Skateboarders rumbling down George St, in Dunedin, in
defiance of a ban could soon lose their boards, as part of
a tough new approach being considered by the Dunedin City
Council. Photo by Craig Baxter.
Skateboarders could be forced to hand over their wheels
as part of a crackdown being considered by the Dunedin City
The new approach would allow council officers to confiscate
skateboards for up to 28 days from those found to be flouting
the city's skateboarding bylaw.
The idea, backed by retailers and police, was endorsed at the
council's planning and environment committee meeting
That was after prolonged debate led by Cr Jinty MacTavish,
who staunchly opposed the tough stance, and Cr Neil Collins,
who cheered it on.
The vote that followed meant the council would consult on an
updated bylaw including the power of confiscation.
Albion Lane and a section of George St, between Frederick and
Albany Sts, would also be added to the prohibited zone
covering much of the central city, including the Octagon, and
the Esplanade at St Clair.
Council regulatory services group manager Kevin Thompson told
yesterday's meeting retailers worried about the safety of
elderly customers had prompted the review.
Some customers risked being ''run down'' as they stepped out
of stores and into the path of skateboarders travelling at
speed down footpaths, he said.
Dunedin police worried the existing bylaw lacked teeth, as
$100 instant fines could not be applied to those aged under
A small group of younger ''repeat offenders'' were immune and
knew it, and were thumbing their noses at the bylaw, he said.
He could not say how many accidents had occurred, but said
defiant youngsters asked to stop skateboarding could be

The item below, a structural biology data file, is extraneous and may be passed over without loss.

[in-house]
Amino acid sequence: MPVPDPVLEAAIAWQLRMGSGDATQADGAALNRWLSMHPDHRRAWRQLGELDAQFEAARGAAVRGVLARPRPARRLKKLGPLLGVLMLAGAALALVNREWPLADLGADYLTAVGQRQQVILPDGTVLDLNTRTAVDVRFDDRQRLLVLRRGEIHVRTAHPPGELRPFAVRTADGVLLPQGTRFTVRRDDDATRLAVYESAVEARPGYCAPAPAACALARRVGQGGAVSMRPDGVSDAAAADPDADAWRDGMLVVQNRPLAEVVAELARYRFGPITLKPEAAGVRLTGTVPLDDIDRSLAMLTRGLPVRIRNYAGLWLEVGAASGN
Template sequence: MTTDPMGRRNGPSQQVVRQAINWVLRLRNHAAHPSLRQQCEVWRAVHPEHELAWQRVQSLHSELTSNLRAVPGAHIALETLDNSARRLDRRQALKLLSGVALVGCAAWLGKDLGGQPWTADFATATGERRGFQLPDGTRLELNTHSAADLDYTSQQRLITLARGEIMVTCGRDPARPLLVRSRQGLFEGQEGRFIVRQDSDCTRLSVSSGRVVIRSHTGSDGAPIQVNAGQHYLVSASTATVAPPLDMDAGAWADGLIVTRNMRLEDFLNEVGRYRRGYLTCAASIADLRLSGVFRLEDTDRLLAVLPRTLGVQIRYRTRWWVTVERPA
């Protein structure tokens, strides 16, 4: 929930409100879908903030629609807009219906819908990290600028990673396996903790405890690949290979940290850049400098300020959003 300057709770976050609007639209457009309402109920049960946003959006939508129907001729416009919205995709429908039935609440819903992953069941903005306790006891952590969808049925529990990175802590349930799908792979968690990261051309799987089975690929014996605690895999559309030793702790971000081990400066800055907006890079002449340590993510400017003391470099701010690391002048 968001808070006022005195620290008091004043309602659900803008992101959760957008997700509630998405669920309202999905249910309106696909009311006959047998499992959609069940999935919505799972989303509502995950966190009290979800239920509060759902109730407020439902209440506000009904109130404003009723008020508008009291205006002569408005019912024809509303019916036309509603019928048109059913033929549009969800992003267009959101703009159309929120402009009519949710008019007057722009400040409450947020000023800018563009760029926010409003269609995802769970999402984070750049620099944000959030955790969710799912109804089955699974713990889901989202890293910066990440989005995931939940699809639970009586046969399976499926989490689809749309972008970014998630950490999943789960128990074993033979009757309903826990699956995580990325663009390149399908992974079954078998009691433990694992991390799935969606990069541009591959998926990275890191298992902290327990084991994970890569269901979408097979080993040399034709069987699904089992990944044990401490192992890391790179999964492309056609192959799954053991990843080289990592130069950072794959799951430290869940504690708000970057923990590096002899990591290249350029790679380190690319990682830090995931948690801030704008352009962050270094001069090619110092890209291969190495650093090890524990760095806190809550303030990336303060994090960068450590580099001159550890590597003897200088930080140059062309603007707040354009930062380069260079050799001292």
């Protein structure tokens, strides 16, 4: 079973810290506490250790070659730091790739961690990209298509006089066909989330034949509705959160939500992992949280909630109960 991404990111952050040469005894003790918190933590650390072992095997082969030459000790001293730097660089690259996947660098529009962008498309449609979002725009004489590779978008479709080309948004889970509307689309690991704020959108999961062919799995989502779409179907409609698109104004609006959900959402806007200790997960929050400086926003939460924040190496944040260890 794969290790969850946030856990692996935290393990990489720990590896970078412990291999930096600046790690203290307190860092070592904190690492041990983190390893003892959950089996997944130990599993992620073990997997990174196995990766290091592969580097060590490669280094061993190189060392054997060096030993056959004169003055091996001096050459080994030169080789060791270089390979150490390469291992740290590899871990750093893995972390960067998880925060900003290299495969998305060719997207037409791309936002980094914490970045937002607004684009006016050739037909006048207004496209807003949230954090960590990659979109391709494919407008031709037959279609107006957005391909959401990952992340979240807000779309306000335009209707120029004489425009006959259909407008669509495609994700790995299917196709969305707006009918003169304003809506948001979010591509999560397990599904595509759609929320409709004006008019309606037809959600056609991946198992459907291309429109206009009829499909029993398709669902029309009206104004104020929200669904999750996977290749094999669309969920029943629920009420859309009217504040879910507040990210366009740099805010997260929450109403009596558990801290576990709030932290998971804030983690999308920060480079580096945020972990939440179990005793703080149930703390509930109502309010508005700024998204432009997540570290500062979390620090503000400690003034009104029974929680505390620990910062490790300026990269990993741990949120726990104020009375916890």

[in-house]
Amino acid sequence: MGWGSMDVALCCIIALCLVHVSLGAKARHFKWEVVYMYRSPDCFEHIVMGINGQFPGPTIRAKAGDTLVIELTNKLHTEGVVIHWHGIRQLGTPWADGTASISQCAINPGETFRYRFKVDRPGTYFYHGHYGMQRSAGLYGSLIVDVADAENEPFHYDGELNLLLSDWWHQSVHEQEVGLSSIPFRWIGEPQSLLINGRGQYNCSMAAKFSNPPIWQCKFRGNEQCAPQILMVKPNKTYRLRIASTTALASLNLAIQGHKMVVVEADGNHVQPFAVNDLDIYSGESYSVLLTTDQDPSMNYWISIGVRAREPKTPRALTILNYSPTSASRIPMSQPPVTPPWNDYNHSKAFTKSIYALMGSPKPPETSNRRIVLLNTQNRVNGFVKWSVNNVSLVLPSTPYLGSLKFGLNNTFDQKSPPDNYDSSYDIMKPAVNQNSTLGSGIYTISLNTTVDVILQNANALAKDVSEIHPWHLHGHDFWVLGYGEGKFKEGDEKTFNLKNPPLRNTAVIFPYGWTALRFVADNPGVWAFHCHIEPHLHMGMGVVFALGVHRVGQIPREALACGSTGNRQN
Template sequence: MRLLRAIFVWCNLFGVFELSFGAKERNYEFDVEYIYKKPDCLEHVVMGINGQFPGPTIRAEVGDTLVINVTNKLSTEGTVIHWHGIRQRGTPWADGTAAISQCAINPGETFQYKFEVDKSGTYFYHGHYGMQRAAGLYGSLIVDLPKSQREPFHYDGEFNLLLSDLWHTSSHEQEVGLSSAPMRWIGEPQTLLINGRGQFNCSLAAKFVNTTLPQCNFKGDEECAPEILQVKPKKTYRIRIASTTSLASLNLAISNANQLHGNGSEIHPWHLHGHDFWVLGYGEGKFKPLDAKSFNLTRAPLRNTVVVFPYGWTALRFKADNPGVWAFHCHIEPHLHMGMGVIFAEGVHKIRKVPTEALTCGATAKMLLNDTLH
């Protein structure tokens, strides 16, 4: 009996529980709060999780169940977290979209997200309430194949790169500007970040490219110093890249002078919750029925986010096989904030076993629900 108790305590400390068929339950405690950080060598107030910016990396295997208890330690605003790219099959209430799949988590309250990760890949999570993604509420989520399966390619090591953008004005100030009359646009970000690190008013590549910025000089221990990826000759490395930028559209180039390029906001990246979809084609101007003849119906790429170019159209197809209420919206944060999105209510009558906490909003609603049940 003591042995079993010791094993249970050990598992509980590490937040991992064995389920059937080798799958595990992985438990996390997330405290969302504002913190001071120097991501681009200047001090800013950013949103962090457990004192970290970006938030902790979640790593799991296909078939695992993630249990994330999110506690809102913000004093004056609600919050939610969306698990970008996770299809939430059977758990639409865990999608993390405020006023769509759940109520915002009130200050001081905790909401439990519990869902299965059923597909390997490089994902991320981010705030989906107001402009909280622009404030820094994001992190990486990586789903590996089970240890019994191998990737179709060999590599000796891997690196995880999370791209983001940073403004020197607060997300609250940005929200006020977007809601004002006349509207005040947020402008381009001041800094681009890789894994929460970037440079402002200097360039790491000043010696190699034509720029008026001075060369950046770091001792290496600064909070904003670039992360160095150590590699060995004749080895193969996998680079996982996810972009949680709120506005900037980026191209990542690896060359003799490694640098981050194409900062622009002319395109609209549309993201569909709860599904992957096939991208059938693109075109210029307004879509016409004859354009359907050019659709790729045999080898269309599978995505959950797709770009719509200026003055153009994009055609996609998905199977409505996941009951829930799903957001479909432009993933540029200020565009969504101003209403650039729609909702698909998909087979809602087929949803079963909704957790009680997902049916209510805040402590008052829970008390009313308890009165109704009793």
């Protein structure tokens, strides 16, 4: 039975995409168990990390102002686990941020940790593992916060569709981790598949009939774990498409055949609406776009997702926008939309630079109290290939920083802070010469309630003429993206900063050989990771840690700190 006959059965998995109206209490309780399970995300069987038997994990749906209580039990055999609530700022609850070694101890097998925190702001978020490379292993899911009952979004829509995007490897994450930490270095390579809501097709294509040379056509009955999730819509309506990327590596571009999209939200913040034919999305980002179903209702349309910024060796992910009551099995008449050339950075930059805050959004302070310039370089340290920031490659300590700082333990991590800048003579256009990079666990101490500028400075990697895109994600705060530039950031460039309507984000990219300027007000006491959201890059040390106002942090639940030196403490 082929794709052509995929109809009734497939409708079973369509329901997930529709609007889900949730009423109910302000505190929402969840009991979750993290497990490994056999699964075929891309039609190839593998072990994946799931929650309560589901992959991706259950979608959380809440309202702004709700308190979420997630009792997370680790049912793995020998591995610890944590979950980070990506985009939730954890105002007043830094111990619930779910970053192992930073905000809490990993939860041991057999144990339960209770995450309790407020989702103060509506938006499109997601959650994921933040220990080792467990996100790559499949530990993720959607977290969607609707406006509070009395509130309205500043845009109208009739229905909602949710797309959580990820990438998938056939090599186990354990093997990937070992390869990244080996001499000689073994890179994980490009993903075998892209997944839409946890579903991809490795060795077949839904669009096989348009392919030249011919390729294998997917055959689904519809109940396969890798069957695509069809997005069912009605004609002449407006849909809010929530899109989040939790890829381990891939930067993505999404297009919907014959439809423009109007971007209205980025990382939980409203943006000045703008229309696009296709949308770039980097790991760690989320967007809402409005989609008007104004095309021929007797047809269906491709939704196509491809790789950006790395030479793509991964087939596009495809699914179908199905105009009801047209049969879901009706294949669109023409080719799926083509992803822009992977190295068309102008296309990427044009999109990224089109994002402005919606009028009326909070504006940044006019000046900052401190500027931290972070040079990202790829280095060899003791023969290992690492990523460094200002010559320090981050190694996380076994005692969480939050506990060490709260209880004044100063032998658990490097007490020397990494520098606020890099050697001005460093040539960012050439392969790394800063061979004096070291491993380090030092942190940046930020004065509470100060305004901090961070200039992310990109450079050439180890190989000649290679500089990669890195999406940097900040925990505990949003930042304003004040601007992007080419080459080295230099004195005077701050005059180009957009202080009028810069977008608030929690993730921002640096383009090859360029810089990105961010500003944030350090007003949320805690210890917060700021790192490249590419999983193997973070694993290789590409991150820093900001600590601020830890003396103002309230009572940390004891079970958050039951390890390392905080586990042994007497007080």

It was hoped the power to confiscate skateboards would act as
a deterrent and not be used, he said.
However, Cr MacTavish opposed the tough stance, saying a
skateboard was a legitimate transport option for young
people, just as mobility scooters were for older people.
Council staff should instead review the way all ''wheeled
pedestrians'' were treated - including skateboarders and
users of mobility scooters - to find a more ''holistic''
approach, she said.
Her resolution pushing for that was defeated, leaving other
councillors to vote for the tougher stance instead.
However, Mayor Dave Cull and Cr Teresa Stevenson both worried
the ban would drive more young skateboarders on to busy
roads, which could put them in a life-threatening situation.
Mr Cull said the ''sloppy'' bylaw would also cover others,
such as an 8-year-old girl on inline skates, and encourage
However, Cr Collins said the trio had ''completely lost
track'' of the bylaw's purpose, which was to protect people -
and the city's paving tiles - from damage.
''They are dangerous, and pedestrians and skateboarding don't
Skateboarders should use the skate park facilities the
council had built, and the new approach gave police some
''muscle'' to act, he said.
Crs Syd Brown and Andrew Noone backed the tough approach,
with Cr Brown saying police needed the tools to act against
skateboarders ''who choose to disregard the safety of
Cr Noone said the council needed to start enforcing existing
bylaws, at some point.
Deputy mayor Chris Staynes' support for the tough approach
saw him vote against his Greater Dunedin colleagues Mr Cull,
Cr MacTavish and Cr Kate Wilson.
The public will have until October 14 to have their say on
the bylaw's changes, followed by a public hearing if needed.